Hip hop has history that’s straight outta Seattle and it’s coming to the Mariner Library in July.
From Sir Mix-A-Lot’s start in the late ’70s to Macklemore’s march on the Grammy Awards in 2014, hip-hop culture and its music have deep roots in the Pacific Northwest. Digging into that history at 6 p.m. Tuesday, July 17 will be Daudi Abe, a Seattle-based historian, writer and educator.
The free event will be in the library meeting room at 520 128th St. SW, Everett 98204.
Abe says he agrees to a certain extent with the characterization that hip hop is something you live, while rap is something you do.
“Hip-hop culture isn’t just about rap music,” Abe said. “It includes dance, graphics, DJ and writing; I present information on it all.”
Abe chronicles hip-hop culture in his book, “6 ‘N the Morning: West Coast Hip-Hop Music 1987-1992 & the Transformation of Mainstream Culture.” His next book, “Emerald Street: A History of Hip-Hop in Seattle,” is due out later this year.
“I was somebody who was raised and weaned on hip hop,” said Abe, who grew up in Seattle. “’Rappers Delight’ (by The Sugarhill Gang) was the first record I bought. It changed my life and I fell in love with it.”
Abe sees a range of nuances as hip-culture moves toward wider popularity and acceptance.
“Like a rapper vs. an MC,” Abe said. “An MC may be more grounded in the hip-hop style and the rapper might have more interest in making inroads into the mainstream.”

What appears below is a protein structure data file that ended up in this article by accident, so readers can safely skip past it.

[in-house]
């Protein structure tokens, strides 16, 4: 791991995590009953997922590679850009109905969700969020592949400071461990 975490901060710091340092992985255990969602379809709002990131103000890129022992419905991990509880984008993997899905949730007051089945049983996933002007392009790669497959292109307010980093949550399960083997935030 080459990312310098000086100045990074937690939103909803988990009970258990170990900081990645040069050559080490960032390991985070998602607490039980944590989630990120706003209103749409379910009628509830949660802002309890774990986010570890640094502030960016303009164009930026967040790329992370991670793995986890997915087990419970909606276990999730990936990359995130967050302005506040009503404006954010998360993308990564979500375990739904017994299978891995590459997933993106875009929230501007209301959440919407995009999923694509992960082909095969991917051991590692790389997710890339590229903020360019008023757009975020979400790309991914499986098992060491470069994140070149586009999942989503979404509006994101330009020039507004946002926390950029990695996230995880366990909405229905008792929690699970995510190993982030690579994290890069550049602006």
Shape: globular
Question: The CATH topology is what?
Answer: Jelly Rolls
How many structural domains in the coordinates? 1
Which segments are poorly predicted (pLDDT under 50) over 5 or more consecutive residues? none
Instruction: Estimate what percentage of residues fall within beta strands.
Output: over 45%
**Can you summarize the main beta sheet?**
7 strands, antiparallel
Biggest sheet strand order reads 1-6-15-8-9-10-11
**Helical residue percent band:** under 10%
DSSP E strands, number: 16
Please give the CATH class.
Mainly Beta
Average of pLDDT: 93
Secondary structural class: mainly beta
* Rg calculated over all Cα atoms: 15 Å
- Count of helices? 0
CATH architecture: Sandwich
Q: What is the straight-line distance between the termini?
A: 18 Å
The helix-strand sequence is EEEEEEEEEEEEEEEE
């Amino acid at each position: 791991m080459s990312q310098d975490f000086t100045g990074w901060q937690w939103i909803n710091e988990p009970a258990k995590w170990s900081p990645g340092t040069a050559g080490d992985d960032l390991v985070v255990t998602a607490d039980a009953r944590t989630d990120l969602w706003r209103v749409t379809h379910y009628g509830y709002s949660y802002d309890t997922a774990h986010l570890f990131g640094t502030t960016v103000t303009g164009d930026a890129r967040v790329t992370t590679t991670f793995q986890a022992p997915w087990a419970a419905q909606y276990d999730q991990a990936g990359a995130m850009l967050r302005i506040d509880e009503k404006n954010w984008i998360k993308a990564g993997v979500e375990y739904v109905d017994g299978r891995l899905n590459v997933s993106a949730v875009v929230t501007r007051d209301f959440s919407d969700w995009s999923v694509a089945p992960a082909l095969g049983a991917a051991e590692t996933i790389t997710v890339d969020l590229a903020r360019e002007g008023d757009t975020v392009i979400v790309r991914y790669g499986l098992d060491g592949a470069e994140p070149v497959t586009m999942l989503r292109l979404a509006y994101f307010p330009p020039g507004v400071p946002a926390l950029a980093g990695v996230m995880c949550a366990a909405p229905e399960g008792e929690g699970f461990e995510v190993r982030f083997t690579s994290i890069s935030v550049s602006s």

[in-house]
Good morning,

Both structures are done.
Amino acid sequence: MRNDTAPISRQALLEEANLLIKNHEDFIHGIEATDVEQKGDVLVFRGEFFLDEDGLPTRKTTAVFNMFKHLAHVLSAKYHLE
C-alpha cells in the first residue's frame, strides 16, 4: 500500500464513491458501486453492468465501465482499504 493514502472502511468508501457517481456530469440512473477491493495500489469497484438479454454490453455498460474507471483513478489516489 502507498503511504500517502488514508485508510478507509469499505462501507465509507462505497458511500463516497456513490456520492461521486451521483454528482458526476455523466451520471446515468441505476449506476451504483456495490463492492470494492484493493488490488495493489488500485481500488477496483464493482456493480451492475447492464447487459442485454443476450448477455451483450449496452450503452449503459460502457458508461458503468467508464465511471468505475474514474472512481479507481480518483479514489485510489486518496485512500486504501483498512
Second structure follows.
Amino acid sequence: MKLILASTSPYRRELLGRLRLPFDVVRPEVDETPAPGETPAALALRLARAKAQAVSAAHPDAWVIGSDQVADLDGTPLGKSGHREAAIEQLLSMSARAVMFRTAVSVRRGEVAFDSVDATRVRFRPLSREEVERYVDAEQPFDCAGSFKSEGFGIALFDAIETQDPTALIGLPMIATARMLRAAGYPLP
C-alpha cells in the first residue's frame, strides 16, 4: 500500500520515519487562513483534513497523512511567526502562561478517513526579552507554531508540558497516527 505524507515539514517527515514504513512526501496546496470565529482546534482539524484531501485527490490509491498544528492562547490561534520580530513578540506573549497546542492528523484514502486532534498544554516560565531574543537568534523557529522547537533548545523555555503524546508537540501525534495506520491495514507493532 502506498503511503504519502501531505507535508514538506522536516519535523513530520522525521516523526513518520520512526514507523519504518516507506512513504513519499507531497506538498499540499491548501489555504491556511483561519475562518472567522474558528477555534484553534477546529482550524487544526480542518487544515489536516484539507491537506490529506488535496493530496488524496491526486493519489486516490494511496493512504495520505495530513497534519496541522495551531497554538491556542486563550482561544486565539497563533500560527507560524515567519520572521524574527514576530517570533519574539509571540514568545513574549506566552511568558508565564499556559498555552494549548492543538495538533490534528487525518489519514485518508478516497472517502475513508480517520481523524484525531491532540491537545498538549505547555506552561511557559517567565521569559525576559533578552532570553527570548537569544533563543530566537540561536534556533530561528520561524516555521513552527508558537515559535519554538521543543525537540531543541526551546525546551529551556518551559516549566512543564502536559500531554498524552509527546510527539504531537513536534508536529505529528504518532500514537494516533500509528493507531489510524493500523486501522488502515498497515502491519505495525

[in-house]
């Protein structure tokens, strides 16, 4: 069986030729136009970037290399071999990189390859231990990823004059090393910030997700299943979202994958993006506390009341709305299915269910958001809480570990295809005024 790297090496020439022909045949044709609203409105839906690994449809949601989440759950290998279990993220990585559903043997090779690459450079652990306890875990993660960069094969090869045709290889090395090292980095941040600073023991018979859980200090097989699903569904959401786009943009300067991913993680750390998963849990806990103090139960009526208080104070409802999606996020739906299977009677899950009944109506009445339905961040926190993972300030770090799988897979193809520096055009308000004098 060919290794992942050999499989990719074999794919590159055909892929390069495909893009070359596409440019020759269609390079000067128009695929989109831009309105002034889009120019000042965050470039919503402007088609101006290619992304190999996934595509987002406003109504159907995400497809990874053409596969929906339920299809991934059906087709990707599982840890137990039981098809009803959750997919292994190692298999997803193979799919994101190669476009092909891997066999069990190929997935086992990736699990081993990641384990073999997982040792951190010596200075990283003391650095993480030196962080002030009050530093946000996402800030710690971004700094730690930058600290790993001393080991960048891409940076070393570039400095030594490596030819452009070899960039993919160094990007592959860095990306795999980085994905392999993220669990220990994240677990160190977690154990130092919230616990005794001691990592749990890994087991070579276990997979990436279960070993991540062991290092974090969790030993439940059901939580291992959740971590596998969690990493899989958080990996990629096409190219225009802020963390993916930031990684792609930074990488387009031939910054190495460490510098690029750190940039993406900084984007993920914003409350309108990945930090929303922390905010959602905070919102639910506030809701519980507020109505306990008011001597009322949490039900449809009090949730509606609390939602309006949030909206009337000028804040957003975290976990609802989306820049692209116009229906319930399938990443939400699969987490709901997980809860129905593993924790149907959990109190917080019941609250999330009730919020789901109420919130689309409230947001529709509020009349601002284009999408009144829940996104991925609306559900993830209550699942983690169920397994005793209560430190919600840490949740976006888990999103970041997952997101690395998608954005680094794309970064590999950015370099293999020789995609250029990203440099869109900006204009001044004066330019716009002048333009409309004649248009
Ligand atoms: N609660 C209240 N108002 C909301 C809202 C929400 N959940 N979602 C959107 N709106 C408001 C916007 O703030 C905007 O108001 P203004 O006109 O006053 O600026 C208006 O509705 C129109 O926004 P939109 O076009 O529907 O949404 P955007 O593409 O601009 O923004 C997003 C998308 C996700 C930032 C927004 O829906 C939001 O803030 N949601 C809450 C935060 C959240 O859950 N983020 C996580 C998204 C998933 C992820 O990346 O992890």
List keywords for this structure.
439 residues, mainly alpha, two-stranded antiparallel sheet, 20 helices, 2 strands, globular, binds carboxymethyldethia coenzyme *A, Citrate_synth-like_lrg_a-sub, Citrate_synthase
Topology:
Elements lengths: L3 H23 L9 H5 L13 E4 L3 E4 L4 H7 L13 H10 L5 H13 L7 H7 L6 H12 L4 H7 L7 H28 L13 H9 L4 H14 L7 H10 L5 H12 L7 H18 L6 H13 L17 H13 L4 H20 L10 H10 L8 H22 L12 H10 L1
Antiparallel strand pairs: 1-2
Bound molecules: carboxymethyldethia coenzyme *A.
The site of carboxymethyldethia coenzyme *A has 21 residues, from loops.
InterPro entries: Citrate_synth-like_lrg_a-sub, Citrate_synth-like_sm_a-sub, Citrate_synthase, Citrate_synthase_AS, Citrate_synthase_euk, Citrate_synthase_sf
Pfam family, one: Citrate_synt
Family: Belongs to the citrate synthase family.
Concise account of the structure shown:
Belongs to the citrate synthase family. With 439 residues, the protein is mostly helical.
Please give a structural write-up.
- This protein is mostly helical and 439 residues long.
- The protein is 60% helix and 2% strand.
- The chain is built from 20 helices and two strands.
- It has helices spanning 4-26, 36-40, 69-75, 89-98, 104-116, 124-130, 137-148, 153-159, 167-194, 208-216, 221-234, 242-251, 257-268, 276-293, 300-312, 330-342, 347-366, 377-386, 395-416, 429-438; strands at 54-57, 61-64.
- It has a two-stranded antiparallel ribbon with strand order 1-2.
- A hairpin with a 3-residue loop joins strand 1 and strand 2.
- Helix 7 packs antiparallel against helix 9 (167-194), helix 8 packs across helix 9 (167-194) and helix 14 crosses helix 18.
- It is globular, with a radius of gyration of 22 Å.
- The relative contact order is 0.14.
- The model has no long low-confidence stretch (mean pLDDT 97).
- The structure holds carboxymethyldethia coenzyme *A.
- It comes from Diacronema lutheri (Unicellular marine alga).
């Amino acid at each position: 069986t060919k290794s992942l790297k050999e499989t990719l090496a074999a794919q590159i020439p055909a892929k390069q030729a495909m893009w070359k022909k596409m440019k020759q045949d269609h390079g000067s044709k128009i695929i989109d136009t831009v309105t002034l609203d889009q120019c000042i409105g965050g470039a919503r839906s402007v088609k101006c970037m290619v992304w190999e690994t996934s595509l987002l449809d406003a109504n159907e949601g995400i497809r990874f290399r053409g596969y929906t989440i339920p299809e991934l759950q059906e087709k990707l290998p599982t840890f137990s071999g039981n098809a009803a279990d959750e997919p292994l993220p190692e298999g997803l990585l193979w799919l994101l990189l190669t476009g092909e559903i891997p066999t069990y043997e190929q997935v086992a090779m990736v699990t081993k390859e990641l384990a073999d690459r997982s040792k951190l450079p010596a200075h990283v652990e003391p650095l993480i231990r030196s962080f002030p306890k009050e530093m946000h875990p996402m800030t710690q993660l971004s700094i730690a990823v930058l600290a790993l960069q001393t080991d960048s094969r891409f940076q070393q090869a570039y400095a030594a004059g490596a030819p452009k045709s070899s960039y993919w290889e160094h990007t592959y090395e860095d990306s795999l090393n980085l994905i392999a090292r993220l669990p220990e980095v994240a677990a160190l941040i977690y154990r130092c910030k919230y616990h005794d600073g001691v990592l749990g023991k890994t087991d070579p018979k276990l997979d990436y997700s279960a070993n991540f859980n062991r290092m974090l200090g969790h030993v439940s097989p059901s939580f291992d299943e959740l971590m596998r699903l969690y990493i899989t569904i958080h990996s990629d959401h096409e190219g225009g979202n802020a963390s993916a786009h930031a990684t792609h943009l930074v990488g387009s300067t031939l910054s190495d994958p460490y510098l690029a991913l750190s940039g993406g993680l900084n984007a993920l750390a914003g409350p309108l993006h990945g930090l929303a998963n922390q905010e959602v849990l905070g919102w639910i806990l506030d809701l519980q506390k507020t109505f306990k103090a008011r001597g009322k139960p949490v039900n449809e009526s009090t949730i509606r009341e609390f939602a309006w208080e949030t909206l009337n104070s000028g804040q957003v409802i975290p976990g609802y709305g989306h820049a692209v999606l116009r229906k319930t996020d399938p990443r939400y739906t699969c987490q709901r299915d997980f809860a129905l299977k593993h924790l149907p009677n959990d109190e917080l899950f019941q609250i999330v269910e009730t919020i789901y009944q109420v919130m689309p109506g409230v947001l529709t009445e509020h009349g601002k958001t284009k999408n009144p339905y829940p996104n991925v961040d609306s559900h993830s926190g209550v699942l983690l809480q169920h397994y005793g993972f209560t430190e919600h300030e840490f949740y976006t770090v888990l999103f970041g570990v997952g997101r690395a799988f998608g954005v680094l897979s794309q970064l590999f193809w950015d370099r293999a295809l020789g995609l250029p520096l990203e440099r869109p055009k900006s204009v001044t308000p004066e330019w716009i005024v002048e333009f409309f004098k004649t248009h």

Abe cited MC Hammer as an example of a musician aiming at a more commercially viable style. “Sir Mix-A-Lot and Macklemore are traveling the same route,” Abe said. “I’m not one to condemn different artists’ styles and where they are coming from. For me, it is the variety and style and content.”
Seattle-native Sir Mix-A-Lot is known his Billboard No. 1 hit “Baby Got Back” which just marked its 25th anniversary. “Some see him as a one-hit wonder,” Abe said of the rapper who is now hosting a morning radio show on Seattle’s 103.7 FM. “Maybe, but only if they’re not paying attention.”
Although Abe acknowledges that the grunge-music phenomenon led by Seattle-born bands such as Nirvana, Pearl Jam and Soundgarden began to overshadow the local hip-hop scene, the culture is an important part of the region’s past and present.
“One of my points is that this not so much hip-hop history as it is local history, period,” Abe said. “There’s no separation.”
Abe said those attending his presentation at Mariner Library can expect a combination of imagery and music. “It’s a nice well-rounded multi-media experience,” he said.
Abe holds a Ph.D. in Education from the University of Washington and has taught about hip-hop culture at Seattle Central College, to high-school students at the Bush School in Seattle as well as inmates at the state prison in Monroe.
The Humanities Washington Speakers Bureau is funding the event. Abe has done a number of similar Humanities Washington events and said they attract diverse audiences. “There are people who follow Humanities Washington events and then there are some who come because of the subject matter,” Abe said. “It’s always an interesting mixture.”